A camera captures images of a person's face. Through the algorithm developed by the Creative Machines Lab, the robot can use the details of the face in the image to learn and mimic the facial expression in real time. (Creative Machines Lab/Columbia Engineering)
For the past five years, AI researchers at Columbia University's Creative Machines Lab have been working on EVA, an animatronic robot that can watch you and mimic your facial expressions.
“The idea for EVA took shape a few years ago, when my students and I began to notice that the robots in our lab were staring back at us through plastic, googly eyes,” said Columbia engineering professor Hod Lipson, who is the director of the Creative Machines Lab, in a news release.
Lipson also noticed humanizing features such as googly eyes and nametags affixed to a restocking robot that he saw at a grocery store.
"People seemed to be humanizing their robotic colleagues by giving them eyes, an identity, or a name," he said. "This made us wonder, if eyes and clothing work, why not make a robot that has a super-expressive and responsive human face?"
EVA doesn't have a set of predefined expressions. Rather, a camera captures images of a person's face. Through the algorithm developed by the Creative Machines Lab, EVA can use the details of the face in the image to learn and mimic the facial expression in real time.
In order to get EVA used to controlling its own face, researchers also filmed hours of footage of EVA while its facial motors made random faces. This was to get EVA to learn and understand how to control its own face, all without human supervision.
Prior to EVA, the vast majority of animatronics have relied on hard materials such as metal that move in a way that is too stiff to mimic human tissue. For EVA, researchers have applied a soft blue silicone material for the robot's skin, with the colour inspired by the Blue Man Group.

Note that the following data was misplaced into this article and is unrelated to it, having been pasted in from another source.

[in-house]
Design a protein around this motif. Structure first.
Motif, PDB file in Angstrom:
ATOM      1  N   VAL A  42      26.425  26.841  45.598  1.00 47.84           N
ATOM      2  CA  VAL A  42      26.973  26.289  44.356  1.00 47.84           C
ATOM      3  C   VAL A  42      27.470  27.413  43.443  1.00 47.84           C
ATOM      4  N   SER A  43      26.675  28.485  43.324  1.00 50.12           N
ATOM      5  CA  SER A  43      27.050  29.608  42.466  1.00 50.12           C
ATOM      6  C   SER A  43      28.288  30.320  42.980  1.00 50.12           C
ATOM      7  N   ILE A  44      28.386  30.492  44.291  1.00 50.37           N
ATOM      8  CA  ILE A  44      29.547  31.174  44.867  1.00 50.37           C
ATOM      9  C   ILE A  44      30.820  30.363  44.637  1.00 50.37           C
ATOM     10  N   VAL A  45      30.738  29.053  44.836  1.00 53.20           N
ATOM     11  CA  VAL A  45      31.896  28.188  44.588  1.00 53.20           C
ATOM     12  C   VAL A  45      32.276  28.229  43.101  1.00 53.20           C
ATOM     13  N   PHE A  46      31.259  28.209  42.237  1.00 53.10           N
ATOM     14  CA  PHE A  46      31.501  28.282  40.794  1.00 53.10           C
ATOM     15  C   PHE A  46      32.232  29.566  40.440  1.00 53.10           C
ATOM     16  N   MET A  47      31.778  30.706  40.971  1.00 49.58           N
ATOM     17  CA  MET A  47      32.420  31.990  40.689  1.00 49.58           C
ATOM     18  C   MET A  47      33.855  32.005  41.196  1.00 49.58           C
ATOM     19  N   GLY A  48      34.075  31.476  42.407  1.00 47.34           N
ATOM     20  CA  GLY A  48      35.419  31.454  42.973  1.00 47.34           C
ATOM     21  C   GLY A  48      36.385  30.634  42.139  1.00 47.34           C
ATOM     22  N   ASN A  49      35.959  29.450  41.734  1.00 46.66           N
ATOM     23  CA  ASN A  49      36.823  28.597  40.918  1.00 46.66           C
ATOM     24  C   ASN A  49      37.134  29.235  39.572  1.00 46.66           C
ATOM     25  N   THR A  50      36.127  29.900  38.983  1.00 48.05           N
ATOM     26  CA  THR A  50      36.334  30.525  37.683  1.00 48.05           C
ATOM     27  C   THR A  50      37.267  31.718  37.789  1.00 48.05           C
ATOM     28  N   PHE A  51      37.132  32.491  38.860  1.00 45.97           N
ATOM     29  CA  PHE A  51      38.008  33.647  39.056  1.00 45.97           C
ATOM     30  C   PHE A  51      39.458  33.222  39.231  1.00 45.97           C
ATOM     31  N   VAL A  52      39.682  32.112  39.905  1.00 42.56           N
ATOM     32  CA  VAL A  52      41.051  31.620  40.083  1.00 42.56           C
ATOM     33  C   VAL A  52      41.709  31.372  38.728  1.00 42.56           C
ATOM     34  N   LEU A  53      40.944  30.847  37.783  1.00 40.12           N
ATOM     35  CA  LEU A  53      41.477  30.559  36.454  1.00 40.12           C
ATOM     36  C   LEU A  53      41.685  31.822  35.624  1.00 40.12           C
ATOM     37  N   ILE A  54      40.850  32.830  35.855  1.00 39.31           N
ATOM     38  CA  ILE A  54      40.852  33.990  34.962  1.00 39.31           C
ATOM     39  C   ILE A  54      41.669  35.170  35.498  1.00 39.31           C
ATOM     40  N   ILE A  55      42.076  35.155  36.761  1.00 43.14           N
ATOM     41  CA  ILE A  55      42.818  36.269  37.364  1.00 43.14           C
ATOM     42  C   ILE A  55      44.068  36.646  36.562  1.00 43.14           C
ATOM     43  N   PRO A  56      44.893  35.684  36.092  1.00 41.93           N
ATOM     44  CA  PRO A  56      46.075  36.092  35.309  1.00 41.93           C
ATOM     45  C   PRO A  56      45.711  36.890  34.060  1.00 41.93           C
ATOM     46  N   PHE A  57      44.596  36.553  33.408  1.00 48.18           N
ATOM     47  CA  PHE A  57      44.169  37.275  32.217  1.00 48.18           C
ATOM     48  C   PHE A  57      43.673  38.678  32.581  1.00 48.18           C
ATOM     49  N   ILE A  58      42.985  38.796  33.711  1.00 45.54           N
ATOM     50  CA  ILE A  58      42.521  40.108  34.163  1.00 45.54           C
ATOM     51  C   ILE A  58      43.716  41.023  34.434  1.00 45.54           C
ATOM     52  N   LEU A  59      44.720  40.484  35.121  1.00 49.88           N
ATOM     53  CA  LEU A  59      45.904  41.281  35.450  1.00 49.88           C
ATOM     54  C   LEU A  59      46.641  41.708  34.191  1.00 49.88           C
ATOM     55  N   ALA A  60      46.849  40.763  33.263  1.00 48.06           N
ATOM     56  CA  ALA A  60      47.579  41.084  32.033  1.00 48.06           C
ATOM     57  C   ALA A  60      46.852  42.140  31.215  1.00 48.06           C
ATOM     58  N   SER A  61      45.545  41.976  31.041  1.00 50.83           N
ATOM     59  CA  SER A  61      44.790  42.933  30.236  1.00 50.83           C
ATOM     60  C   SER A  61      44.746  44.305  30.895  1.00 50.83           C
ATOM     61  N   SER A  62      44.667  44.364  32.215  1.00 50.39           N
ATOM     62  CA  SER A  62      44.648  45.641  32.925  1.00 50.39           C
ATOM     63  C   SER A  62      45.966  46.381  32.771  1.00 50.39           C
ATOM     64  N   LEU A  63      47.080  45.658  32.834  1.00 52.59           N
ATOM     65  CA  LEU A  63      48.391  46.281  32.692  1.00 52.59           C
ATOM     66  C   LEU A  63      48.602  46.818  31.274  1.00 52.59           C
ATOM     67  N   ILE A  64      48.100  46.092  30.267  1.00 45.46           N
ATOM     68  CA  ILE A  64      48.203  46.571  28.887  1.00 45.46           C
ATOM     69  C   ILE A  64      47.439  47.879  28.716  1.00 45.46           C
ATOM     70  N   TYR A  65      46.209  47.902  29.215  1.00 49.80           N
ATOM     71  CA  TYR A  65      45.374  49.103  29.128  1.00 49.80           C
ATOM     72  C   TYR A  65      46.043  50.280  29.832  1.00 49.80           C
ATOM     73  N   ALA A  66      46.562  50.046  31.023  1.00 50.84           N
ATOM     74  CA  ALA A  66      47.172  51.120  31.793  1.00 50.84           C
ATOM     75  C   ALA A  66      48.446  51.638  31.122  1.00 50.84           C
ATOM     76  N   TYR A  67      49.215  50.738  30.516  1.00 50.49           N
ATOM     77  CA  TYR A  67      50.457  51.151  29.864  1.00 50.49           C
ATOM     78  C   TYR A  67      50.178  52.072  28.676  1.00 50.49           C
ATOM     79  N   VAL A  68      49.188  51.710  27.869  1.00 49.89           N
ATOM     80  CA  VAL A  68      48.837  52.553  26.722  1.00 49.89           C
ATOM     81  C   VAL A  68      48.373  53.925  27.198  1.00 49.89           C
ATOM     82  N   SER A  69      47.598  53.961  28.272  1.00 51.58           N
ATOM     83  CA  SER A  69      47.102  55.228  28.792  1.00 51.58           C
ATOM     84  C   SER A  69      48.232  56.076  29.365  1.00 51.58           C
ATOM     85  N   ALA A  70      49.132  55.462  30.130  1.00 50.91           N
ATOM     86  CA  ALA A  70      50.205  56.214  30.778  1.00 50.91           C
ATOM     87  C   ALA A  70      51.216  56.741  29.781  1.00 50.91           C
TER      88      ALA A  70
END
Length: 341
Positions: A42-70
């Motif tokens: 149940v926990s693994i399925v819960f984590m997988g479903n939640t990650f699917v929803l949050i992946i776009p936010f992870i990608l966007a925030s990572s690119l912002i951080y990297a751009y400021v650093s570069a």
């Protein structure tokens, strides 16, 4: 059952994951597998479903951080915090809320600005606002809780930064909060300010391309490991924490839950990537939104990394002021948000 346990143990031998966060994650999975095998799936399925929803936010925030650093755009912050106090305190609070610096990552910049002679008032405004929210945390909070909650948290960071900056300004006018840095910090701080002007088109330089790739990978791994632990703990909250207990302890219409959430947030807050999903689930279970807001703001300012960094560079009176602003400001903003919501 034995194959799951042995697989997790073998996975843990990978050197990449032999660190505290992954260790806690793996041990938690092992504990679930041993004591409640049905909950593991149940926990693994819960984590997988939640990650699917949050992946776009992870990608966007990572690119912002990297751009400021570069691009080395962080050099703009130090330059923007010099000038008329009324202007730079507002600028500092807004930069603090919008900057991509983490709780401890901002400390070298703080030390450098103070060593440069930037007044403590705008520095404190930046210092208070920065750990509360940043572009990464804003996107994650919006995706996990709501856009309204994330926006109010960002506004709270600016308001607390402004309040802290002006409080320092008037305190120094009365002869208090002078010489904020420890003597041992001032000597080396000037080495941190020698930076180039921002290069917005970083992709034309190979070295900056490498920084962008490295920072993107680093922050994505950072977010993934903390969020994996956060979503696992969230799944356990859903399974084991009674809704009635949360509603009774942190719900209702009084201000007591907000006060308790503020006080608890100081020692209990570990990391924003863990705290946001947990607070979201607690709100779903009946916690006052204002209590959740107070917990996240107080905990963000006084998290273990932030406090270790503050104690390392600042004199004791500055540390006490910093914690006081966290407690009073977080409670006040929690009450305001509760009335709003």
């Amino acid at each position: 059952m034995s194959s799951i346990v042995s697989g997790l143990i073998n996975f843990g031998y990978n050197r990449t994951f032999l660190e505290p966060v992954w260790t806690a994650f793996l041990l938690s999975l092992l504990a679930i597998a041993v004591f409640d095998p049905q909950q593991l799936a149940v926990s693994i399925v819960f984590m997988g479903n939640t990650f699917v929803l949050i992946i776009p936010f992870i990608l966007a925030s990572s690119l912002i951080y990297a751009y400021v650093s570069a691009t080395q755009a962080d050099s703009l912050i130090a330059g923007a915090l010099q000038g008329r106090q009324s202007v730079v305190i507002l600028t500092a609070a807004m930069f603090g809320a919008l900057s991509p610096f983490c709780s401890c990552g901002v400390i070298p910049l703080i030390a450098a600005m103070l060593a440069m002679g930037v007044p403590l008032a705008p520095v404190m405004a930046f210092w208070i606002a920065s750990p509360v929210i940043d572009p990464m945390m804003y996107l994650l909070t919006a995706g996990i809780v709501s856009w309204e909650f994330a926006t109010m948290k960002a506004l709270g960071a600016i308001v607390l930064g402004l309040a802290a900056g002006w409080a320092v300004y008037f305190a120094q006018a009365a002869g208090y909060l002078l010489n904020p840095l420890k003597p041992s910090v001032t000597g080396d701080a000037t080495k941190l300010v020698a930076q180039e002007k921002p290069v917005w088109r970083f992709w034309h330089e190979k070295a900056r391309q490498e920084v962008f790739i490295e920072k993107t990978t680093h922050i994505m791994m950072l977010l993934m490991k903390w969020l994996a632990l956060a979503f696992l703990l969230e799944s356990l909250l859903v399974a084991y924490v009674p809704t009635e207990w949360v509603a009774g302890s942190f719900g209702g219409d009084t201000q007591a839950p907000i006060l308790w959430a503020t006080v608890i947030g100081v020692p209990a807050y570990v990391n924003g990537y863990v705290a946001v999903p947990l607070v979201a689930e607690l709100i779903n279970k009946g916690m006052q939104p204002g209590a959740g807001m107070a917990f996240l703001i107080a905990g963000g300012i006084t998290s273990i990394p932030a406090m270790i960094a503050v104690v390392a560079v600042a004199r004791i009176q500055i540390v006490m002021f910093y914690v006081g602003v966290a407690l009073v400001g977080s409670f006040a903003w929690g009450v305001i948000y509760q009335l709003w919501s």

The researchers relied on 3D-printed parts to manufacture EVA's components. Behind the silicone skin is a series of nylon cables connected to 10 motors within EVA's face, mimicking the facial muscles that humans have. Motors on EVA's neck also enable it to nod its head.
"The greatest challenge in creating EVA was designing a system that was compact enough to fit inside the confines of a human skull while still being functional enough to produce a wide range of facial expressions," said Columbia undergraduate student Zanwar Faraj, who led the team that constructed the motor system, in a news release.
EVA was also designed to be relatively inexpensive. The total cost of materials is approximately US$900, a far cry from similar robots which have cost up to US$165,000.
With the growing presence of robots, AI and automation in our daily lives, the team hopes that EVA can be a step in the right direction when it comes to making these robots more emotionally engaging and human.
"There is a limit to how much we humans can engage emotionally with cloud-based chatbots or disembodied smart-home speakers," said Lipson. "Our brains seem to respond well to robots that have some kind of recognizable physical presence."